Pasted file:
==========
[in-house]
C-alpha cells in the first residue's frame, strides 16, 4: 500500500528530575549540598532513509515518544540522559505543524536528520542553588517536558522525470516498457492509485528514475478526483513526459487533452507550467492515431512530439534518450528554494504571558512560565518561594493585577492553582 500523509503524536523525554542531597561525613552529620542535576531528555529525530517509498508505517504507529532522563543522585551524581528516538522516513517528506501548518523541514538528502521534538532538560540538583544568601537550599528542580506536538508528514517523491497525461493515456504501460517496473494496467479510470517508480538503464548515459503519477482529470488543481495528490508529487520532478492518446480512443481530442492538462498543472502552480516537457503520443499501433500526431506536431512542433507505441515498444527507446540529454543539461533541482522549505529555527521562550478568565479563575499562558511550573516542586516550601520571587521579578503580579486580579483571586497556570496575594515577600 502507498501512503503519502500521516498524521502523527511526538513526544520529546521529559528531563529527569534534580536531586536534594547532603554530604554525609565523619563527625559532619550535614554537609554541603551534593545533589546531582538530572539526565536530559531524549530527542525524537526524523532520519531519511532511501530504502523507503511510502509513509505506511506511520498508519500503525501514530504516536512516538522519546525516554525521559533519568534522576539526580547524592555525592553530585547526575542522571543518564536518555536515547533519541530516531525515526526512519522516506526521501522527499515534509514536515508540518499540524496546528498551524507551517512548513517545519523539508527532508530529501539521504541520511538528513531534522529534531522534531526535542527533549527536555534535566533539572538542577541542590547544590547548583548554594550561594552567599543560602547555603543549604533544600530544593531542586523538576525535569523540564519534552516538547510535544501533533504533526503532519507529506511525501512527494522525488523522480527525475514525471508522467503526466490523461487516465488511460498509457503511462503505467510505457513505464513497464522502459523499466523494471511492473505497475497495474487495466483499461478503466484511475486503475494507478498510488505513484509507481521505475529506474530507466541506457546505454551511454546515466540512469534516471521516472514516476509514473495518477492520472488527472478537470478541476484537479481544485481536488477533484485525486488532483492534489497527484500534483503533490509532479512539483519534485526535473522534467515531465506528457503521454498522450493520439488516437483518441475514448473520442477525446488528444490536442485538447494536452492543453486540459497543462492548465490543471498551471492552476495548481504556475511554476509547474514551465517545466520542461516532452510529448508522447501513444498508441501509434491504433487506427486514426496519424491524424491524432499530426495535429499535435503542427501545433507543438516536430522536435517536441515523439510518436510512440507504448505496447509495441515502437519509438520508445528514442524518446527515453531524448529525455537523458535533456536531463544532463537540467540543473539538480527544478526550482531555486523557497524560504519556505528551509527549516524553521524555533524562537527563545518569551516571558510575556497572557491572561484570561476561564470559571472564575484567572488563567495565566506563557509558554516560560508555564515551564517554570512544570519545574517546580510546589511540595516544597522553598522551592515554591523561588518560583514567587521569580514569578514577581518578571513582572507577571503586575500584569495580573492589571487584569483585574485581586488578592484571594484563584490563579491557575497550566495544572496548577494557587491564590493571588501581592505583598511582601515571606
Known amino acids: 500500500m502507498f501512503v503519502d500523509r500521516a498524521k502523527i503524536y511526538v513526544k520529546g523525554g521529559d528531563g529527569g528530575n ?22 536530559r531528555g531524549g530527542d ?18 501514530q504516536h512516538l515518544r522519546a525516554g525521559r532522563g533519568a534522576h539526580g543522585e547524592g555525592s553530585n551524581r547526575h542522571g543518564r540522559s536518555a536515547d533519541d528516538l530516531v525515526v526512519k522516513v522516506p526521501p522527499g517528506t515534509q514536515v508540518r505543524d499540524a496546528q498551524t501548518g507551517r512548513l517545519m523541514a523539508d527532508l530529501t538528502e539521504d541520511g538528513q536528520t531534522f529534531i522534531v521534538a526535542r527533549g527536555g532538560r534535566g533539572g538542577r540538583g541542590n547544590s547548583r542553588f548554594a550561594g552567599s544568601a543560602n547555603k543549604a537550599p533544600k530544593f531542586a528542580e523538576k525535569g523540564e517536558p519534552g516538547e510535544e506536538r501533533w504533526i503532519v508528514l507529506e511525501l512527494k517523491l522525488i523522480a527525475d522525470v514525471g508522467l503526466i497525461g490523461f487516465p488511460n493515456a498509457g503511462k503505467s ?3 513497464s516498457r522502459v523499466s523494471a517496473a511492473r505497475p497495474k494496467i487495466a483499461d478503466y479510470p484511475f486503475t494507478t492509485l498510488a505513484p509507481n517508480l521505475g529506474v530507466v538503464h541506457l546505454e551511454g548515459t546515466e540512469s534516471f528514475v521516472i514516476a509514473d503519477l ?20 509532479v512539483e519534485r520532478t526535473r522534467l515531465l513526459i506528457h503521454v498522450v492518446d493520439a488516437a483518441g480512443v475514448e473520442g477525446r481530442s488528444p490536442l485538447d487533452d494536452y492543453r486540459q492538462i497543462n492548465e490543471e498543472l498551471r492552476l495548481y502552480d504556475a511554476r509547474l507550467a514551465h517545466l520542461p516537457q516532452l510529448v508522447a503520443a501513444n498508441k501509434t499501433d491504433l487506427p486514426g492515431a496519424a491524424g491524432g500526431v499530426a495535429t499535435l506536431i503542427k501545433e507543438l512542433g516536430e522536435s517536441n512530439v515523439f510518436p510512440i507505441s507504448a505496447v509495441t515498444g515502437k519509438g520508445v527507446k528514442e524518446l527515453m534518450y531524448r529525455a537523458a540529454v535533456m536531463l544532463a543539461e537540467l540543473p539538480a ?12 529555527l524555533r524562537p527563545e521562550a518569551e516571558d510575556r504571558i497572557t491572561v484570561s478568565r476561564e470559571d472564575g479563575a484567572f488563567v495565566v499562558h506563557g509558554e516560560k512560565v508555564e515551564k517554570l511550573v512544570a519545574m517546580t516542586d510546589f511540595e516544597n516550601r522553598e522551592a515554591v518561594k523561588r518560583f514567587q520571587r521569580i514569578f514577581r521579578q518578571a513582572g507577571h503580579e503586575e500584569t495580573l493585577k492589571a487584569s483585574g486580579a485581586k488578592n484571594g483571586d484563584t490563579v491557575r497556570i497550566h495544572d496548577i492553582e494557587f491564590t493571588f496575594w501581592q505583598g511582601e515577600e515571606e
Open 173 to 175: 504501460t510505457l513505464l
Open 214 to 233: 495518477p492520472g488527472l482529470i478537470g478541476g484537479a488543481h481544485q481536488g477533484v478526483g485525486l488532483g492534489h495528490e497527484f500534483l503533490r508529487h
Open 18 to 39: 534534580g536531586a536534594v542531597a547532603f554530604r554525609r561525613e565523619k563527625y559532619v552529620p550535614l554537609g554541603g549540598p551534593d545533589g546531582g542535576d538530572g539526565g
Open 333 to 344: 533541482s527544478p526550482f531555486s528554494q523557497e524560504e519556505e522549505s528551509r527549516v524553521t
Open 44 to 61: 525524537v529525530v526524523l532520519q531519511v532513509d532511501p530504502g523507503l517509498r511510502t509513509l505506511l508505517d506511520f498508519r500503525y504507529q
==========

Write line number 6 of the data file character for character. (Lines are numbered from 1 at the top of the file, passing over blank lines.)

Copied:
Open 18 to 39: 534534580g536531586a536534594v542531597a547532603f554530604r554525609r561525613e565523619k563527625y559532619v552529620p550535614l554537609g554541603g549540598p551534593d545533589g546531582g542535576d538530572g539526565g